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Sparse robot swarms: Moving swarms to real world applications

Sparse robot swarms: Moving swarms to real world applications
Sparse robot swarms: Moving swarms to real world applications
Robot swarms are groups of robots that each act autonomously based on only local perception and coordination with neighbouring robots. While current swarm implementations can be large in size (e.g. 1000 robots), they are typically constrained to working in highly controlled indoor environments. Moreover, a common property of swarms is the underlying assumption that the robots act in close proximity of each other (e.g. 10 body-lengths away), and typically employ
uninterrupted, situated, close-range communication for coordination. Many real world applications, including environmental monitoring and precision agriculture, however, require scalable groups of robots to act jointly over large distances (e.g. 1000 body-lengths), rendering the use of
dense swarms impractical. Using a dense swarm for such applications would be invasive to the
environment and unrealistic in terms of mission deployment, maintenance and post-mission
recovery. To address this problem, we propose the sparse swarm concept, and illustrate its
use in the context of four application scenarios. For one scenario, which requires a group of
rovers to traverse, and monitor, a forest environment, we identify the challenges involved at all levels in developing a sparse swarm—from the hardware platform to communication-constrained coordination algorithms—and discuss potential solutions. We outline open questions of theoretical and practical nature, which we hope will bring the concept of sparse swarms to fruition.
Tarapore, Danesh
fe8ec8ae-1fad-4726-abef-84b538542ee4
Gross, Roderich
840b9b01-4a86-48e5-bc41-168fca6e71a2
Zauner, Klaus-Peter
c8b22dbd-10e6-43d8-813b-0766f985cc97
Tarapore, Danesh
fe8ec8ae-1fad-4726-abef-84b538542ee4
Gross, Roderich
840b9b01-4a86-48e5-bc41-168fca6e71a2
Zauner, Klaus-Peter
c8b22dbd-10e6-43d8-813b-0766f985cc97

Tarapore, Danesh, Gross, Roderich and Zauner, Klaus-Peter (2020) Sparse robot swarms: Moving swarms to real world applications. Frontiers in Robotics and AI. (doi:10.3389/frobt.2020.00083). (In Press)

Record type: Article

Abstract

Robot swarms are groups of robots that each act autonomously based on only local perception and coordination with neighbouring robots. While current swarm implementations can be large in size (e.g. 1000 robots), they are typically constrained to working in highly controlled indoor environments. Moreover, a common property of swarms is the underlying assumption that the robots act in close proximity of each other (e.g. 10 body-lengths away), and typically employ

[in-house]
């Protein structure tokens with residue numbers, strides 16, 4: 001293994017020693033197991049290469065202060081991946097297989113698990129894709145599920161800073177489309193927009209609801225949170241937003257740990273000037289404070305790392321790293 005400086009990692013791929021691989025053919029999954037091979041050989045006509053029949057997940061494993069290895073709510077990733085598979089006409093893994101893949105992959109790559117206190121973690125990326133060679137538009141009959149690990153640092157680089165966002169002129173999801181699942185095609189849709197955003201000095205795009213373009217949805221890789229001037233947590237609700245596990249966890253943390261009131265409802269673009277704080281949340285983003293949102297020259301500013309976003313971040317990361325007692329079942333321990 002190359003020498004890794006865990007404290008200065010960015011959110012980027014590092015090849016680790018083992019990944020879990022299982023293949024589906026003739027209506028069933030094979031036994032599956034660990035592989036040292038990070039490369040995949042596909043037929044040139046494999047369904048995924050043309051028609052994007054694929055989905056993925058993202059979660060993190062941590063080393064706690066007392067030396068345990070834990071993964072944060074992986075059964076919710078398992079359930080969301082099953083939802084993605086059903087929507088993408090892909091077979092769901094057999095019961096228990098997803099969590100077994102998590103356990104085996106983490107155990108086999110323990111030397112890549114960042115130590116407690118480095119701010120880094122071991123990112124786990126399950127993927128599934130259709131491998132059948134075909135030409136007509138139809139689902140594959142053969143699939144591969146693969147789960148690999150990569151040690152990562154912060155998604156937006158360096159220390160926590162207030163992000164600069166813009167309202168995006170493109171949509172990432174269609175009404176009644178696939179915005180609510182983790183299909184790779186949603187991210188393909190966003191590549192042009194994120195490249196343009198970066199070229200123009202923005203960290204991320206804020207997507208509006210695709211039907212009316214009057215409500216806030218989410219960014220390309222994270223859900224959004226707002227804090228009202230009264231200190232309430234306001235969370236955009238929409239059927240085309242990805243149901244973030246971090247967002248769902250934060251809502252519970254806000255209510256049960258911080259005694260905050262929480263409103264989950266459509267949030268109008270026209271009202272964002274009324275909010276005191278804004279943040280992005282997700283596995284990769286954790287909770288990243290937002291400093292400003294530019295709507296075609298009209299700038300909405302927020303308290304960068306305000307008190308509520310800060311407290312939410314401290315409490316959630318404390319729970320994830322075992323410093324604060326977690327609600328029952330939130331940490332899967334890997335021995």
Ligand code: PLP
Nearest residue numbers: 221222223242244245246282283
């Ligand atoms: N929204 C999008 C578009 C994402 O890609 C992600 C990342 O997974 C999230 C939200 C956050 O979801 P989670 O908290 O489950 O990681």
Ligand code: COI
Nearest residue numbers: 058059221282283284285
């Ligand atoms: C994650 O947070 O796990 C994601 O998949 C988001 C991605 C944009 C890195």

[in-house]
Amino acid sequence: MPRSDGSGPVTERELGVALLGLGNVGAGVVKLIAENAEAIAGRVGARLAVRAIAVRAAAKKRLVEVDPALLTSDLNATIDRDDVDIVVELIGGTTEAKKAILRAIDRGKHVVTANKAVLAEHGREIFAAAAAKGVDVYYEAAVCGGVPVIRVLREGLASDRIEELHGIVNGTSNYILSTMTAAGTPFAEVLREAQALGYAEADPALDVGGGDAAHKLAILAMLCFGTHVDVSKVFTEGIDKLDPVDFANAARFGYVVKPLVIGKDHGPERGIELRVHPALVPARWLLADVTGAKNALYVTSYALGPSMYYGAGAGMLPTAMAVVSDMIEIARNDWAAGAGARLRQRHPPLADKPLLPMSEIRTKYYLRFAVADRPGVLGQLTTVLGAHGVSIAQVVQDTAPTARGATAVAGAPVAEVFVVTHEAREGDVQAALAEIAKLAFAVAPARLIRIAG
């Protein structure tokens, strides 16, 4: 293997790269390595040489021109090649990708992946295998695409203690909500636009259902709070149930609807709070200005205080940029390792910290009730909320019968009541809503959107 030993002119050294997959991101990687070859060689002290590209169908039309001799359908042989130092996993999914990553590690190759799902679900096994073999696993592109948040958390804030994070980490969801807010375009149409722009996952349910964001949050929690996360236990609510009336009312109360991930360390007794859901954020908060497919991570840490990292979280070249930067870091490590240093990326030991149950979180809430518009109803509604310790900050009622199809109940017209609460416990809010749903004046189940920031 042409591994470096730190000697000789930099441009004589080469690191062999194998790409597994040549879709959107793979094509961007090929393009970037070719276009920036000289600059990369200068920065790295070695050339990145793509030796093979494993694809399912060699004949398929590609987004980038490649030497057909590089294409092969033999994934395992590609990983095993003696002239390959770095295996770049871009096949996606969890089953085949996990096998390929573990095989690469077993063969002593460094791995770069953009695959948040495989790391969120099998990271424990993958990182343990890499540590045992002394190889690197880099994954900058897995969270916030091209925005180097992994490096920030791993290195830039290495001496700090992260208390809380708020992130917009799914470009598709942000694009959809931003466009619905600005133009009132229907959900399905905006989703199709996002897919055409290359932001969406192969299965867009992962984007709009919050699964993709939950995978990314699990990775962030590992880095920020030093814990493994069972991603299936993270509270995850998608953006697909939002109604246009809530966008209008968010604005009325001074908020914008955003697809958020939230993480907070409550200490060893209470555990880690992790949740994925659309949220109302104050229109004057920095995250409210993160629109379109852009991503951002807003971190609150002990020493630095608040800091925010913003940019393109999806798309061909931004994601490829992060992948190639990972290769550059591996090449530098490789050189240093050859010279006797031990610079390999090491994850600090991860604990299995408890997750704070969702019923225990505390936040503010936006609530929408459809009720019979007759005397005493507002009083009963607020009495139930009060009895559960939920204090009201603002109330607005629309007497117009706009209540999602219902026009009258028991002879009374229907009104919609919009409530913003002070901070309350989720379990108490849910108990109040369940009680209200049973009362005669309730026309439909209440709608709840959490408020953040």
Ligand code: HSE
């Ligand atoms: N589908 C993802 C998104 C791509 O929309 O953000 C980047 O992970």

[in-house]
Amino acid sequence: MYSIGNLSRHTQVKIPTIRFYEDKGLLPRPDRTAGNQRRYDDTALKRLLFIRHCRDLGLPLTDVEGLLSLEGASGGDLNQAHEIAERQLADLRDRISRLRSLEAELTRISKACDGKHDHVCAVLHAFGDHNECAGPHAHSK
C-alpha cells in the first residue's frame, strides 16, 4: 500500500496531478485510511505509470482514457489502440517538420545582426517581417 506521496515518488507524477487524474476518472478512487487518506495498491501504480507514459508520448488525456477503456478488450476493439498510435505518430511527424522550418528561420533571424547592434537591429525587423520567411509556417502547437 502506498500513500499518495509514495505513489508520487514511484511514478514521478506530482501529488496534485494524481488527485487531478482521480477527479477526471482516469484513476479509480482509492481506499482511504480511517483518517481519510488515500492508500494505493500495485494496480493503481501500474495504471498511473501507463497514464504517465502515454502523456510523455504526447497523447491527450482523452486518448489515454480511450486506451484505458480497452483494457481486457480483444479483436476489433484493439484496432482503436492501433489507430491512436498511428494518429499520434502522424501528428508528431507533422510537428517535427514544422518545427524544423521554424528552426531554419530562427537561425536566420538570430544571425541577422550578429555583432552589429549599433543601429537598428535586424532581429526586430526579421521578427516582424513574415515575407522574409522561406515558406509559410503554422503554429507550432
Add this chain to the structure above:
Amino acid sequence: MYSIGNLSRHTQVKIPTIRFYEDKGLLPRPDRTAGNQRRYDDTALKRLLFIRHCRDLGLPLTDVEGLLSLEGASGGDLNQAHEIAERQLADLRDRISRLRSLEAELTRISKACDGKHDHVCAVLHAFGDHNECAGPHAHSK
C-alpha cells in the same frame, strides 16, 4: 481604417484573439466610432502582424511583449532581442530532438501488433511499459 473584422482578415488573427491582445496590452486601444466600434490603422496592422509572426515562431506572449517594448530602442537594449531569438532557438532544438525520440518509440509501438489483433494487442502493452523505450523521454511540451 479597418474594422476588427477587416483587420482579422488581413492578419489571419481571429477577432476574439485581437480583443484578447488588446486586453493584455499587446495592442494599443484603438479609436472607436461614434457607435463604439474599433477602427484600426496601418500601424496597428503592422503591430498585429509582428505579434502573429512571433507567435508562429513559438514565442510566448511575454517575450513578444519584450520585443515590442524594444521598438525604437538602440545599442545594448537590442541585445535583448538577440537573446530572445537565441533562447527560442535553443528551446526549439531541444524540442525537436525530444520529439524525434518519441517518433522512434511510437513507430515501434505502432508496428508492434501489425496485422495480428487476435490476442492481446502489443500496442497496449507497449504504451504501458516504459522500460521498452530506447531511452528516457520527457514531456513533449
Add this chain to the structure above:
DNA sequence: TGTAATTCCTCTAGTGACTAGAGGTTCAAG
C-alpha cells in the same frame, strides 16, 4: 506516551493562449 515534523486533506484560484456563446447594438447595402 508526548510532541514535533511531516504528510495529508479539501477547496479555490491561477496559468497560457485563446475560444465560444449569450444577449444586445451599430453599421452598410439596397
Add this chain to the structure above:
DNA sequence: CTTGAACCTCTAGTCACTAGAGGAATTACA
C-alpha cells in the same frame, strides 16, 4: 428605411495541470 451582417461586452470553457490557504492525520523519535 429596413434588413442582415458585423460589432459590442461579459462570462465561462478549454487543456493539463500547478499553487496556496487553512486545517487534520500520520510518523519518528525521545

uninterrupted, situated, close-range communication for coordination. Many real world applications, including environmental monitoring and precision agriculture, however, require scalable groups of robots to act jointly over large distances (e.g. 1000 body-lengths), rendering the use of
dense swarms impractical. Using a dense swarm for such applications would be invasive to the
environment and unrealistic in terms of mission deployment, maintenance and post-mission
recovery. To address this problem, we propose the sparse swarm concept, and illustrate its
use in the context of four application scenarios. For one scenario, which requires a group of
rovers to traverse, and monitor, a forest environment, we identify the challenges involved at all levels in developing a sparse swarm—from the hardware platform to communication-constrained coordination algorithms—and discuss potential solutions. We outline open questions of theoretical and practical nature, which we hope will bring the concept of sparse swarms to fruition.

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More information

Accepted/In Press date: 19 March 2020

Identifiers

Local EPrints ID: 441669
URI: http://eprints.soton.ac.uk/id/eprint/441669
PURE UUID: 320f8cb1-b858-4b66-abb1-534314908a0d
ORCID for Danesh Tarapore: ORCID iD orcid.org/0000-0002-3226-6861

Catalogue record

Date deposited: 23 Jun 2020 16:55
Last modified: 24 Jun 2020 00:40

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Contributors

Author: Danesh Tarapore ORCID iD
Author: Roderich Gross
Author: Klaus-Peter Zauner

University divisions

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